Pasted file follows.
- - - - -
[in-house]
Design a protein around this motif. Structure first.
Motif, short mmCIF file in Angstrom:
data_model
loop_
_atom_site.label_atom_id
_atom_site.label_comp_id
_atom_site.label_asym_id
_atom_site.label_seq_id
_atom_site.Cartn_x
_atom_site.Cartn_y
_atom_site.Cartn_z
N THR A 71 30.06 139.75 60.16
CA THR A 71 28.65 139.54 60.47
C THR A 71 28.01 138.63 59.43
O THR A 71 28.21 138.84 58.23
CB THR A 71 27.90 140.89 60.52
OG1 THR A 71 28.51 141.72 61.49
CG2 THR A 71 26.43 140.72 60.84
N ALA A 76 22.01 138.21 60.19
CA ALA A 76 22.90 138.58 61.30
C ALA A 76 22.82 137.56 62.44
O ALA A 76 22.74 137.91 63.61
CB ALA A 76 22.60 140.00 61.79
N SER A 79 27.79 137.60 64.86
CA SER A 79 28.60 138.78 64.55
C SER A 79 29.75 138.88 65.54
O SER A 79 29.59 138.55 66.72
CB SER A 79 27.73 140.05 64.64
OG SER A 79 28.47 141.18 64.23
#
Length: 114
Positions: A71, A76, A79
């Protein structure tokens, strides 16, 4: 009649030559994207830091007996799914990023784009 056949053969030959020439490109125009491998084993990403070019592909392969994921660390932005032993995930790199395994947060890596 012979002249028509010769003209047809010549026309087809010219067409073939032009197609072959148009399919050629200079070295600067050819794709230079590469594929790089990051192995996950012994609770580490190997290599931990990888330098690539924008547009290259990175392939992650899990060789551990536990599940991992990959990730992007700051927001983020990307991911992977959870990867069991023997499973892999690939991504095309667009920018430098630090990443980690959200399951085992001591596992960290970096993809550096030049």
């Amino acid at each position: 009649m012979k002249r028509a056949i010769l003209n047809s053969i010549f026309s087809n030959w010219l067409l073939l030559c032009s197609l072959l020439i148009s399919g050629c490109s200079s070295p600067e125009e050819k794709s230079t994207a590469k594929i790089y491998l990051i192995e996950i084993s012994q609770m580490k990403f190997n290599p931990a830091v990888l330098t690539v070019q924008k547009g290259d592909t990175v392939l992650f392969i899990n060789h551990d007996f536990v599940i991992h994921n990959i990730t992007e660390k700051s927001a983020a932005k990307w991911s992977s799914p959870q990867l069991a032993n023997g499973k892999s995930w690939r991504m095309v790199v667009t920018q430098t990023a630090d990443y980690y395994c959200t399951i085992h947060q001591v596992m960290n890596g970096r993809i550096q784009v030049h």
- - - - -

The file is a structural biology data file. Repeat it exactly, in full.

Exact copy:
[in-house]
Design a protein around this motif. Structure first.
Motif, short mmCIF file in Angstrom:
data_model
loop_
_atom_site.label_atom_id
_atom_site.label_comp_id
_atom_site.label_asym_id
_atom_site.label_seq_id
_atom_site.Cartn_x
_atom_site.Cartn_y
_atom_site.Cartn_z
N THR A 71 30.06 139.75 60.16
CA THR A 71 28.65 139.54 60.47
C THR A 71 28.01 138.63 59.43
O THR A 71 28.21 138.84 58.23
CB THR A 71 27.90 140.89 60.52
OG1 THR A 71 28.51 141.72 61.49
CG2 THR A 71 26.43 140.72 60.84
N ALA A 76 22.01 138.21 60.19
CA ALA A 76 22.90 138.58 61.30
C ALA A 76 22.82 137.56 62.44
O ALA A 76 22.74 137.91 63.61
CB ALA A 76 22.60 140.00 61.79
N SER A 79 27.79 137.60 64.86
CA SER A 79 28.60 138.78 64.55
C SER A 79 29.75 138.88 65.54
O SER A 79 29.59 138.55 66.72
CB SER A 79 27.73 140.05 64.64
OG SER A 79 28.47 141.18 64.23
#
Length: 114
Positions: A71, A76, A79
């Protein structure tokens, strides 16, 4: 009649030559994207830091007996799914990023784009 056949053969030959020439490109125009491998084993990403070019592909392969994921660390932005032993995930790199395994947060890596 012979002249028509010769003209047809010549026309087809010219067409073939032009197609072959148009399919050629200079070295600067050819794709230079590469594929790089990051192995996950012994609770580490190997290599931990990888330098690539924008547009290259990175392939992650899990060789551990536990599940991992990959990730992007700051927001983020990307991911992977959870990867069991023997499973892999690939991504095309667009920018430098630090990443980690959200399951085992001591596992960290970096993809550096030049």
């Amino acid at each position: 009649m012979k002249r028509a056949i010769l003209n047809s053969i010549f026309s087809n030959w010219l067409l073939l030559c032009s197609l072959l020439i148009s399919g050629c490109s200079s070295p600067e125009e050819k794709s230079t994207a590469k594929i790089y491998l990051i192995e996950i084993s012994q609770m580490k990403f190997n290599p931990a830091v990888l330098t690539v070019q924008k547009g290259d592909t990175v392939l992650f392969i899990n060789h551990d007996f536990v599940i991992h994921n990959i990730t992007e660390k700051s927001a983020a932005k990307w991911s992977s799914p959870q990867l069991a032993n023997g499973k892999s995930w690939r991504m095309v790199v667009t920018q430098t990023a630090d990443y980690y395994c959200t399951i085992h947060q001591v596992m960290n890596g970096r993809i550096q784009v030049h």